Jonathan

    "Christabel," "The Rime of the Ancient Mariner," and "Kubla Khan" are Coleridge's finest works. A few like "Lewti" and "To a Critic" are witty, and the former only at the end. But when Coleridge waxes overly sanctimonious or over praises nature he loses me altogether. I can see why he is a great and admired though. I would recommend this only because it has the three great poems. "Christabel," "The Rime of the Ancient Mariner," and "Kubla Khan" are Coleridge's finest works. A few like "Lewti" and "To a Critic" are witty, and the former only at the end. But when Coleridge waxes overly sanctimonious or over praises nature he loses me altogether. I can see why he is a great and admired though. I would recommend this only because it has the three great poems.

  3. 5 out of 5

    J. Alfred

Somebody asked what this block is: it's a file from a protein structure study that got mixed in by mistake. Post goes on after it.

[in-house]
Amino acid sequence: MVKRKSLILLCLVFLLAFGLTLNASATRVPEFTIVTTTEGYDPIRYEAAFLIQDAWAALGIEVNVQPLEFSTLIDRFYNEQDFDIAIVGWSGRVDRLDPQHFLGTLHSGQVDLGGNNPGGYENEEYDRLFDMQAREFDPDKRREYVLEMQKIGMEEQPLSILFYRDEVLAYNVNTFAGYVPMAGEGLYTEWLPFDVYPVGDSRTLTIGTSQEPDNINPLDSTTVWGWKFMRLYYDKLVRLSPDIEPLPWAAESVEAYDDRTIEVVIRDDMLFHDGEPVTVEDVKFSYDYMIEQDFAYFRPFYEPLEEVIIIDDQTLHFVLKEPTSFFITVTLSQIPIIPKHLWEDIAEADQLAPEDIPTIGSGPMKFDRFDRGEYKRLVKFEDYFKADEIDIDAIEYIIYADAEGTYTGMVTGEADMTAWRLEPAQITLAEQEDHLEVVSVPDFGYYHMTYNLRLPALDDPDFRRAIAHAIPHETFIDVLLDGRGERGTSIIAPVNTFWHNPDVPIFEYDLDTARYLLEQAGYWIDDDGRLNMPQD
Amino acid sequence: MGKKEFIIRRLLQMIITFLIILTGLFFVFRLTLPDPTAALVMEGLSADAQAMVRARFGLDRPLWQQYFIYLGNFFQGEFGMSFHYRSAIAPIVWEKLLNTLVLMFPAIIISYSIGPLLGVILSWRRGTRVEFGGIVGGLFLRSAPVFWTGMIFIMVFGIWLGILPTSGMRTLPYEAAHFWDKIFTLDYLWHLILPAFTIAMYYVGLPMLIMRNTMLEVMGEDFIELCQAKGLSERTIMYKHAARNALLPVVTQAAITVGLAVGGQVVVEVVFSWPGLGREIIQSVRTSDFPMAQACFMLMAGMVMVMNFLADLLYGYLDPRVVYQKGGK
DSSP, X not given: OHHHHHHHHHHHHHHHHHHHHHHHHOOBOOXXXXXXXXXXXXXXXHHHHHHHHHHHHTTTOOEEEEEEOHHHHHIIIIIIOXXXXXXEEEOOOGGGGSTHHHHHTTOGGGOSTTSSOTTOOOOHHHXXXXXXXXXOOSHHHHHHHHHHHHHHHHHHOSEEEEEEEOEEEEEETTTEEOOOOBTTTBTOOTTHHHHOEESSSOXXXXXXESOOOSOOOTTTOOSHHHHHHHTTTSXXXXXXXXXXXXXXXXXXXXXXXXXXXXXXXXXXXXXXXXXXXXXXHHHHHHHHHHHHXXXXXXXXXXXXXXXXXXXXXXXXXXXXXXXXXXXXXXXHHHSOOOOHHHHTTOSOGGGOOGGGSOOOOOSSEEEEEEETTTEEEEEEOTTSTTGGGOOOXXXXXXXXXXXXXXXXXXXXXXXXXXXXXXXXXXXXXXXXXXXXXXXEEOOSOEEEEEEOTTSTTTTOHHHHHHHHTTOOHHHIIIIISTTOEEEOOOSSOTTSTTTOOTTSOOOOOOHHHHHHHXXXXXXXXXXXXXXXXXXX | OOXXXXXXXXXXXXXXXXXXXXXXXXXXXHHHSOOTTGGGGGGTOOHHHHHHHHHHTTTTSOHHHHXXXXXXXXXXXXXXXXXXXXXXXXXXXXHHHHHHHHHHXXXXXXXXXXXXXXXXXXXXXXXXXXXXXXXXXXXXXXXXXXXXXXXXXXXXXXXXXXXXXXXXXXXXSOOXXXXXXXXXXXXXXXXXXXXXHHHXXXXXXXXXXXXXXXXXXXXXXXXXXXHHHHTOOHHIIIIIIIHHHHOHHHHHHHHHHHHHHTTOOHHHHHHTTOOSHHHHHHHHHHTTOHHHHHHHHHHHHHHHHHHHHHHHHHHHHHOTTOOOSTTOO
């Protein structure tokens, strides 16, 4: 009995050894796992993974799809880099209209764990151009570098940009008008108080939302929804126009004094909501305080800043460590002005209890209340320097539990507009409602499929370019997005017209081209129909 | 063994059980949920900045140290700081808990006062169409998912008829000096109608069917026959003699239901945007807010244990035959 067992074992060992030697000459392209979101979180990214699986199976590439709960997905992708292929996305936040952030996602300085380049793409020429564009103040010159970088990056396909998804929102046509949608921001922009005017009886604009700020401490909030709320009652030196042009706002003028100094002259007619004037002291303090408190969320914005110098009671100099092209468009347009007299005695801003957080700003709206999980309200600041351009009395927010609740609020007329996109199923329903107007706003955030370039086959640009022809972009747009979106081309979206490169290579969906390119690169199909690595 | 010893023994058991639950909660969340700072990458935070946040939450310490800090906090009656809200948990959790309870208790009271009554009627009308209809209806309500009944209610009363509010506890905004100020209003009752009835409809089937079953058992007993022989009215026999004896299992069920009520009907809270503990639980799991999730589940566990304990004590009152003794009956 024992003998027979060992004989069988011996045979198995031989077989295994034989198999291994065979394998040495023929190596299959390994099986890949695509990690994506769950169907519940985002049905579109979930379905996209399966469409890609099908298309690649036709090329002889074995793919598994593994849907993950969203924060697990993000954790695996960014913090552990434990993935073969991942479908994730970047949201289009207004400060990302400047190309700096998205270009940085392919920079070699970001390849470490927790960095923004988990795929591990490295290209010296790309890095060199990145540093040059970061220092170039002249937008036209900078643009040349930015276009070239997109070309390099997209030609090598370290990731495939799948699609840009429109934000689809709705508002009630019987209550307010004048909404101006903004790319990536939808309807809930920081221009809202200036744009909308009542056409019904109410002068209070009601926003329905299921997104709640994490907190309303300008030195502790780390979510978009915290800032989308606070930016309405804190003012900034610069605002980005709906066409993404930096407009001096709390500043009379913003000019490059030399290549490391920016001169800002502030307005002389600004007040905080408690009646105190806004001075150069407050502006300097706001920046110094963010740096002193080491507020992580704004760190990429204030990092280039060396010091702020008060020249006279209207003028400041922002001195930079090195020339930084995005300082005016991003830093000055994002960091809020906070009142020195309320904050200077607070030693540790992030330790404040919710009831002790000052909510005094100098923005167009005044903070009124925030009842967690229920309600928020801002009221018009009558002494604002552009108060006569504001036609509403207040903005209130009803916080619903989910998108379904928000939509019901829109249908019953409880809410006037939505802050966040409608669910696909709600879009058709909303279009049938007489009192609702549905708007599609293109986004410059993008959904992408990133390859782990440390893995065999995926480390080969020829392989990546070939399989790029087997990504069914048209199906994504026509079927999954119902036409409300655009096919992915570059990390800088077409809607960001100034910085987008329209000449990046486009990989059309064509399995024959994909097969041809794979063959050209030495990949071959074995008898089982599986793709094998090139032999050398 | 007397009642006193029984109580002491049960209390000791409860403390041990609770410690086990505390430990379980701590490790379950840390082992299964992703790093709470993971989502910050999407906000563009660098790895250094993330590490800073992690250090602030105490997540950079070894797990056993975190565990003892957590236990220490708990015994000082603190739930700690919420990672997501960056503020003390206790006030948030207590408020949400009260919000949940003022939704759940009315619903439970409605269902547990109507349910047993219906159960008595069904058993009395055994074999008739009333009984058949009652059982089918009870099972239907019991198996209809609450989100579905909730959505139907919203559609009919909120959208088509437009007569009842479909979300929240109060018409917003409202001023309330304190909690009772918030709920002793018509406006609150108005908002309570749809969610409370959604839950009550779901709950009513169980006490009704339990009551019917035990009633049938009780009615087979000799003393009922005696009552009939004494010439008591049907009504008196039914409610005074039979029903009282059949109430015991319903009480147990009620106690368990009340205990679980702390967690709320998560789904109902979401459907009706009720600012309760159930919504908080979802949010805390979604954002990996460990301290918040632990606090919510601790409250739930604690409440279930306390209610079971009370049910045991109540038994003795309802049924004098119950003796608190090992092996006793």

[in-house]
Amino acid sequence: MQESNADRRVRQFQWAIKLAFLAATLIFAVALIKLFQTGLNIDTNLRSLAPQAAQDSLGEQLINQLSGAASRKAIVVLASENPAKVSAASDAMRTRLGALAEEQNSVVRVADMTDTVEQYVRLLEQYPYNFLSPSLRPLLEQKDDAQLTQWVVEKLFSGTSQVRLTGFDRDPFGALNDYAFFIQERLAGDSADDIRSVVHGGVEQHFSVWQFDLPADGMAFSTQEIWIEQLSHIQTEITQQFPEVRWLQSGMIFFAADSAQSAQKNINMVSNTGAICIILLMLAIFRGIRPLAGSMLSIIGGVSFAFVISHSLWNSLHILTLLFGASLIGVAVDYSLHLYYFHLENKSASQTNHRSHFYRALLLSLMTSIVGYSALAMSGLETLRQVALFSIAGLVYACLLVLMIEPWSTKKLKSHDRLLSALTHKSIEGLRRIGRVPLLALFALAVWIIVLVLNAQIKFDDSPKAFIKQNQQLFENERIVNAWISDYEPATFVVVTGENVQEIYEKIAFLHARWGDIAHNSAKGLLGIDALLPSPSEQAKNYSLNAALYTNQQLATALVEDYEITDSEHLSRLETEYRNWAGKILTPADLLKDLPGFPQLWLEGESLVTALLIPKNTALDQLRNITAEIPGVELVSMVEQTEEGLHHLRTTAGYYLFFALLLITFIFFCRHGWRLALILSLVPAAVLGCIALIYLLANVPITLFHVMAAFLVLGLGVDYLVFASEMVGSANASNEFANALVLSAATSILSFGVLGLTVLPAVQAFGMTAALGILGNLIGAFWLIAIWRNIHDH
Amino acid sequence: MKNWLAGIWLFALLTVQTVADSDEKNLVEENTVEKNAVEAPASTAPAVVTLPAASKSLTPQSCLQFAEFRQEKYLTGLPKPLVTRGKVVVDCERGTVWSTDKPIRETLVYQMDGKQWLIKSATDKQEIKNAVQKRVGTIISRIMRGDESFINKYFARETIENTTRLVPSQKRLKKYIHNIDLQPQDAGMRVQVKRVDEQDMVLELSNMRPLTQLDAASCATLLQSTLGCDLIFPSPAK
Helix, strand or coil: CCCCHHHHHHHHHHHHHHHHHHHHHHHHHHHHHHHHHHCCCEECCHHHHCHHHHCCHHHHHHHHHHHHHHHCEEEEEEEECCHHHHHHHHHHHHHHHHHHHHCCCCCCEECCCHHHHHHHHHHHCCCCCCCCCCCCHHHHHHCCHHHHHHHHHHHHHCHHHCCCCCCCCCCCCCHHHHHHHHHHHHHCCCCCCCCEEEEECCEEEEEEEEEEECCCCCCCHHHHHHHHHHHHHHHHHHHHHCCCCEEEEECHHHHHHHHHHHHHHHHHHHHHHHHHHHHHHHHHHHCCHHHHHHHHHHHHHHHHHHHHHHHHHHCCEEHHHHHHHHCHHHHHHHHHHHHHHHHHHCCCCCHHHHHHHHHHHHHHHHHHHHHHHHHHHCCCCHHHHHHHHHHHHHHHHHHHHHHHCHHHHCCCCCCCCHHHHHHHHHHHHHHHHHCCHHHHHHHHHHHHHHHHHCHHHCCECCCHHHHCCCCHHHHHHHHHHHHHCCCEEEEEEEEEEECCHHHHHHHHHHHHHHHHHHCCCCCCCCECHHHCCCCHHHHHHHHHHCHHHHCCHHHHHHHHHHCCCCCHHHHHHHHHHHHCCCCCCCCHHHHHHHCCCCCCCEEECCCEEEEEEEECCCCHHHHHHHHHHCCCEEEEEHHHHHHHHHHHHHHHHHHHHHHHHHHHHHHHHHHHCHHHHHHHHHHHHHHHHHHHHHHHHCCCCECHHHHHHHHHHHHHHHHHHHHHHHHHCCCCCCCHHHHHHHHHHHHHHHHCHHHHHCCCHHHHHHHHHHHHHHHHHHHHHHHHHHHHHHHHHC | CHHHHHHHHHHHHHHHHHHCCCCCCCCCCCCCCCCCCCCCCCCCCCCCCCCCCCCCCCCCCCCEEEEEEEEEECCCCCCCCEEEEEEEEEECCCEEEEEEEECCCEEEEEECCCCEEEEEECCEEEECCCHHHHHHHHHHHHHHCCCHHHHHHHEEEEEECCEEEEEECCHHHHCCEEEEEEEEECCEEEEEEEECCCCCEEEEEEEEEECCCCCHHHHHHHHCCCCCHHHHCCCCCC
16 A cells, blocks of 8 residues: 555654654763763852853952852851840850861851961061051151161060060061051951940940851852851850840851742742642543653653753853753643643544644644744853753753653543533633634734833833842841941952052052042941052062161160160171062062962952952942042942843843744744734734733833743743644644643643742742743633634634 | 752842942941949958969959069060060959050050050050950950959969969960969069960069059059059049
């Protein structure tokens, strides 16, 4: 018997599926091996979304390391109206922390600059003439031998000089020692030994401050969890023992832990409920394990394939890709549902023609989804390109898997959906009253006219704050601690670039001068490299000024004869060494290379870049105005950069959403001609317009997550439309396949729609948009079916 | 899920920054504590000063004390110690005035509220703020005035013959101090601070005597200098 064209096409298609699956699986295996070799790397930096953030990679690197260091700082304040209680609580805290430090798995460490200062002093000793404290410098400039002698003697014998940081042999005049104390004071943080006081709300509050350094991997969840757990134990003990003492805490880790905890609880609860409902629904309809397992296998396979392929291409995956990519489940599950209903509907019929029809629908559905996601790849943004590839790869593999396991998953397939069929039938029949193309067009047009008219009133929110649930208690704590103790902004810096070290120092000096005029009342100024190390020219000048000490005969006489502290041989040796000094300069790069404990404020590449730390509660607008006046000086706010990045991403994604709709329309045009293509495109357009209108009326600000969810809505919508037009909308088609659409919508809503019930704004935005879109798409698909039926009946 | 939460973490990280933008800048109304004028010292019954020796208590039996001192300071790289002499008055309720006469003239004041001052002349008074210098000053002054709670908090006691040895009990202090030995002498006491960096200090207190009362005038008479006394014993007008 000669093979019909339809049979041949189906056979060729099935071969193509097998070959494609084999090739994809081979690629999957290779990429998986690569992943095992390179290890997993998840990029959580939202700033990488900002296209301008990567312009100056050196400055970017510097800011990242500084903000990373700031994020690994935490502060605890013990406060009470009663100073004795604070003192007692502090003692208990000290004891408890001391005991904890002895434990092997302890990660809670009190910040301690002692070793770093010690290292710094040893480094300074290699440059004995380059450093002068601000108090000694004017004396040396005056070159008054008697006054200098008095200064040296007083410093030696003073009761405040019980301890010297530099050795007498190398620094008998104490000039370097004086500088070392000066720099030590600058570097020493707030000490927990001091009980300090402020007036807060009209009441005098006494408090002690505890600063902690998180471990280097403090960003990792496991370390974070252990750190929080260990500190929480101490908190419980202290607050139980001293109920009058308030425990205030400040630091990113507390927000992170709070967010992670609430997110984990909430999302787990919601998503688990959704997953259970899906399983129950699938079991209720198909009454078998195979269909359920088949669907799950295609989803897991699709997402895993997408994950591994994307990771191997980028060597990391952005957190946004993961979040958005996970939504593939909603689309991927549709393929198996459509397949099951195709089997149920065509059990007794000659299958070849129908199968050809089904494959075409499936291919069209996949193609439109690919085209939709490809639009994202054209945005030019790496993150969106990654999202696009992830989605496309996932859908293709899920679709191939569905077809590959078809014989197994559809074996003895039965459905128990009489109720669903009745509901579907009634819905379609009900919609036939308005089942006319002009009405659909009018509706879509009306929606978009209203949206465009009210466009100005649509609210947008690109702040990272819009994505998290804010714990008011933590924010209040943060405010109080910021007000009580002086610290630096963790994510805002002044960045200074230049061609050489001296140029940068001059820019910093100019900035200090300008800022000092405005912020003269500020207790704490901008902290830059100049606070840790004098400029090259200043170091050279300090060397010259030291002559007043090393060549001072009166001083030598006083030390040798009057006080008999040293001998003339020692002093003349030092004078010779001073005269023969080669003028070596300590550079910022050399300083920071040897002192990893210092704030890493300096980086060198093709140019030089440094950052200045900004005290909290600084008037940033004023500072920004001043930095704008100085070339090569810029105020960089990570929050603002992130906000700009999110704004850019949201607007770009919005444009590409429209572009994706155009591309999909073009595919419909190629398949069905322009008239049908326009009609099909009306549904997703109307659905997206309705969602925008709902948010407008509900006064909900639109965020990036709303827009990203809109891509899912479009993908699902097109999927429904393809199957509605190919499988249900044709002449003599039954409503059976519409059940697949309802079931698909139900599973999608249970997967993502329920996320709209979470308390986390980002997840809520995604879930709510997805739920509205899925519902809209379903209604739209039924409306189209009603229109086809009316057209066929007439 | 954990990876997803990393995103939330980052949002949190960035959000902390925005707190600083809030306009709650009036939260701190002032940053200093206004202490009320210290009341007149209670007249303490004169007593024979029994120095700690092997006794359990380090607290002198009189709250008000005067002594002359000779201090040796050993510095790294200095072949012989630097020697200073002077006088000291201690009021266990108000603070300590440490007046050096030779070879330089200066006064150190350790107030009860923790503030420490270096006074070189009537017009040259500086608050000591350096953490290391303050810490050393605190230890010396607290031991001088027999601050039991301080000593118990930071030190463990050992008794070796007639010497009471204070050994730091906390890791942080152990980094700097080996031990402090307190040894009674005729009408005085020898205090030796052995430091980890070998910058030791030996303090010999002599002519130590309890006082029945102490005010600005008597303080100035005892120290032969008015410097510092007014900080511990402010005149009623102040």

My one quarrel with Coleridge is that, somehow, his verse is much harder to memorize than, for instance, Wordsworth. Except for the very beginning of Kubla Kahn, (which is awesome) I can't think of nuffin. I have no idea why. He's great though: the storytelling, the mythic qualities, the Christian qualities busting through the Romantic craziness... he's pretty great. My one quarrel with Coleridge is that, somehow, his verse is much harder to memorize than, for instance, Wordsworth. Except for the very beginning of Kubla Kahn, (which is awesome) I can't think of nuffin. I have no idea why. He's great though: the storytelling, the mythic qualities, the Christian qualities busting through the Romantic craziness... he's pretty great.